My life changed considerably after joining Blue Peter. As an actor, keeping a dog really was not an option, because the nature of the job means that you are often away from home, and life is fairly unstable, to say the least!. I have always enjoyed dogs, and as a family we adopted our first dog, Rusty, when my parents moved to Derbyshire when I was ten years old. We always assumed he was a Cocker Spaniel, but I now know he was a black Field Spaniel – he was too big and too long in the body for a Cocker.
When I joined Blue Peter, I took over, as my on-screen pet, the dog who was the nation’s first surrogate pet, Petra, a five year old Border Collie/German Shepherd cross.
She was not fond of the studio, and so the editor, the formidable Biddy Baxter, suggested that it might be beneficial to the dog if I looked after her off-screen as well. It meant that she, in effect, became my dog, and she travelled with me to and from the studio, and often came on filming assignments too. It worked well, and so, for the next ten years, I and my family owned a dog. Petra was a nervous animal, and not very sociable with other dogs, but i grew very fond of her, and she with me, I think. I enjoyed her company, and she took to training very well, so it was a happy on and off-screen relationship. It was a sad time for me (and for the nation) when she died aged 15.
During my time on the BP programme, I worked with all sorts of animals, birds and reptiles. I made several films with the naturalist and wild-life photographer Graham Dangerfield. We filmed putting up nesting boxes for Barn Owls and Kestrels, and over the years enjoyed the fact that these endangered species become more numerous. We filmed together at his small private zoo in Hertfordshire, where he rescued Foxes, injured birds, Coypu, and Badgers, and many more.. he even kept Ocelots in a large cage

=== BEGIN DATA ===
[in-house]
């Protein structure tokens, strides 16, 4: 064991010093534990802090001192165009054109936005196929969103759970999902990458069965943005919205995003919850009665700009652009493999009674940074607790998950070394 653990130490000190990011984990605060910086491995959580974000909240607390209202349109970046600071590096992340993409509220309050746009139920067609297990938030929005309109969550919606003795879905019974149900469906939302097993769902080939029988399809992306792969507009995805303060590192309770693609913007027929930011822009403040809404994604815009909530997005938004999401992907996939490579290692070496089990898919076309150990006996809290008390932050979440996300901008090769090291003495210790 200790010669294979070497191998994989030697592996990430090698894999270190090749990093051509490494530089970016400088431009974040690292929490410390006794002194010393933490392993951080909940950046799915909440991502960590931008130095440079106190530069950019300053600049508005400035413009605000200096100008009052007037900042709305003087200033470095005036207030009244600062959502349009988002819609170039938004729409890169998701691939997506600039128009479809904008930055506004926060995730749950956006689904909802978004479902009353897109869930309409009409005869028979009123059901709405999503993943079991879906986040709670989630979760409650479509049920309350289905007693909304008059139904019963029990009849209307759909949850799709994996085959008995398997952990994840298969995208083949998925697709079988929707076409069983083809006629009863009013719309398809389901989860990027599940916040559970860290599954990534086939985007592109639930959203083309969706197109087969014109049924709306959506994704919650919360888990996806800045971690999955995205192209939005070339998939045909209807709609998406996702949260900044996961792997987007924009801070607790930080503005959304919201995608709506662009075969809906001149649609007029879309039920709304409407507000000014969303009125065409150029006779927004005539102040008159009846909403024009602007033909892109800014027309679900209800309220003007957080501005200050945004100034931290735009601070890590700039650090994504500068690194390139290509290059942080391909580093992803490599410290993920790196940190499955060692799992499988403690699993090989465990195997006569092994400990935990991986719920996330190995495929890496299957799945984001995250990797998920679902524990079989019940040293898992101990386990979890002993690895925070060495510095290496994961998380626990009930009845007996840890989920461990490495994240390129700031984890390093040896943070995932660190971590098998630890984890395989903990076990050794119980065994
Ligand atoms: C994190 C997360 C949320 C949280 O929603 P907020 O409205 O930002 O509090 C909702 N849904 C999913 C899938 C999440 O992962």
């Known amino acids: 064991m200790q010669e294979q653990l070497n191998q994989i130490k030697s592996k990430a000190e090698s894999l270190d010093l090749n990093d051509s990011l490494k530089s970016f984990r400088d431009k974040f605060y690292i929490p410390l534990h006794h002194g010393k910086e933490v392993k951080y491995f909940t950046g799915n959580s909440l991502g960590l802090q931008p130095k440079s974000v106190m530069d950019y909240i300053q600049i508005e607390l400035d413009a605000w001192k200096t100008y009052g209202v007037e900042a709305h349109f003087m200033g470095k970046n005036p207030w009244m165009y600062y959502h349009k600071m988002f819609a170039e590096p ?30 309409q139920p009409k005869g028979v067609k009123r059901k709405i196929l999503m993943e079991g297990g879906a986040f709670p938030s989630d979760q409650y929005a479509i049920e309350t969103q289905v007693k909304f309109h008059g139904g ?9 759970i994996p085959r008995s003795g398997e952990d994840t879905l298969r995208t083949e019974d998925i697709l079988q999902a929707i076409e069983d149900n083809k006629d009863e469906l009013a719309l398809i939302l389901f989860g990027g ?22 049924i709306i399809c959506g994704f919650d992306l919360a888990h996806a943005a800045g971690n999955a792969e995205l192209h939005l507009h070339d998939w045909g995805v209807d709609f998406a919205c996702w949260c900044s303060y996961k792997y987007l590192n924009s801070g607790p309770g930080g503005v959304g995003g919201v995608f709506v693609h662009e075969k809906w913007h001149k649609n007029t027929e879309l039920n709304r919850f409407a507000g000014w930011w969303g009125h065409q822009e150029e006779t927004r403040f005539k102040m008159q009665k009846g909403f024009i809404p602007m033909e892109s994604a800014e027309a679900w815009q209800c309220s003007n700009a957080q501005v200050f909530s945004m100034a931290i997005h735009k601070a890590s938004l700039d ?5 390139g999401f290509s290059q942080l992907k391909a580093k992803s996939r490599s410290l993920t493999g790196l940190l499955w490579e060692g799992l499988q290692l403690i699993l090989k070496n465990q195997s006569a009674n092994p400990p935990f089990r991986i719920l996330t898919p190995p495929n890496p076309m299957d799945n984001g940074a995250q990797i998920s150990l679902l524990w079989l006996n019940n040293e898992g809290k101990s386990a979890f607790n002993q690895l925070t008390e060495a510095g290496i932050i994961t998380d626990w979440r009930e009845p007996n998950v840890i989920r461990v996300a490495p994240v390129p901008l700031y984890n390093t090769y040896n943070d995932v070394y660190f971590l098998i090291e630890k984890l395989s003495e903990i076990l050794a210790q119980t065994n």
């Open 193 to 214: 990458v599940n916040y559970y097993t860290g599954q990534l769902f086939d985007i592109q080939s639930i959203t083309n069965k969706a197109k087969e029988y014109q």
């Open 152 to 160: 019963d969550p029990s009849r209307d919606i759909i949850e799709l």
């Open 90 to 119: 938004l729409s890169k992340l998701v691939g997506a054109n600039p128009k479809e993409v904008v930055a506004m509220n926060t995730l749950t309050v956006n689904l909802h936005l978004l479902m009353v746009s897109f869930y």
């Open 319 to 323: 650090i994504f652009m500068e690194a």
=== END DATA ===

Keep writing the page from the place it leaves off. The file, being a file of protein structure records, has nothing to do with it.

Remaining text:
and occasionally they would, disconcertingly, come into the house and his office through the window. We even rescued and protected some Dormice. He had two or three injured Heron, which we would release into the wild when they recovered (as we did with any of the injured animals he saved.) There was one blind Heron that could never be released, and on many of the films we made, you could see a heron in the background – it was the blind one that we would take with us and place in a convenient spot, and then
take her back to the zoo after filming. For me, these were some of the most enjoyable and pleasing films I made, giving many memories i shall never forget.
Memorable other films included filming the first nesting pair of Ospreys at a then secret location in Scotland. Now Ospreys are flourishing again and it is due to the successful breeding of that first pair. I assisted with the treatment of a Tiger at London Zoo; I handled Pythons and Boas; I filmed and worked
with Falcons and Barn Owls, and even with an Eagle Owl; and long after Blue Peter, when hosting Countryside Arenas at the Royal Show at Stoneleigh and at the Royal Bath and West at Shepton Mallet, I regularly took part in the Falconry displays. Great fun.
Of course the most famous animal sequence on Blue Peter, was when we had the bay Elephant, Lulu , in the studio prior to our trip to Ceylon (Now Sri Lanka). We had rehearsed the item in a very straightforward way, and then when performing the show “live” Lulu did just what she wanted and caused one of the best unscripted chaotic sequences in TV history. The chaos was always going to happen after Biddy Baxter asked the handler to do the item without the stick with which he encouraged Lulu to do what was required. A small tap on the head and Lulu would follow him anywhere. Without the stick, she ran amok. I couldn’t stop laughing, John made the most of every opportunity for a gag, and Valerie tried her hardest to keep us all on the script. Wonderful stuff.
But Dogs have been the mainstay. My Wife, Kathryn, had always kept a Pekingese dog, as her Mother had at one time bred them. When we got together we gradually increased the number to two Pekes, and then moved on to keeping Newfoundlands! Some slight change in size, but the two breeds got on very well together – the Pekes often used the Newfies as pillows! At one time we had three Pekes and Two Newfies in the family.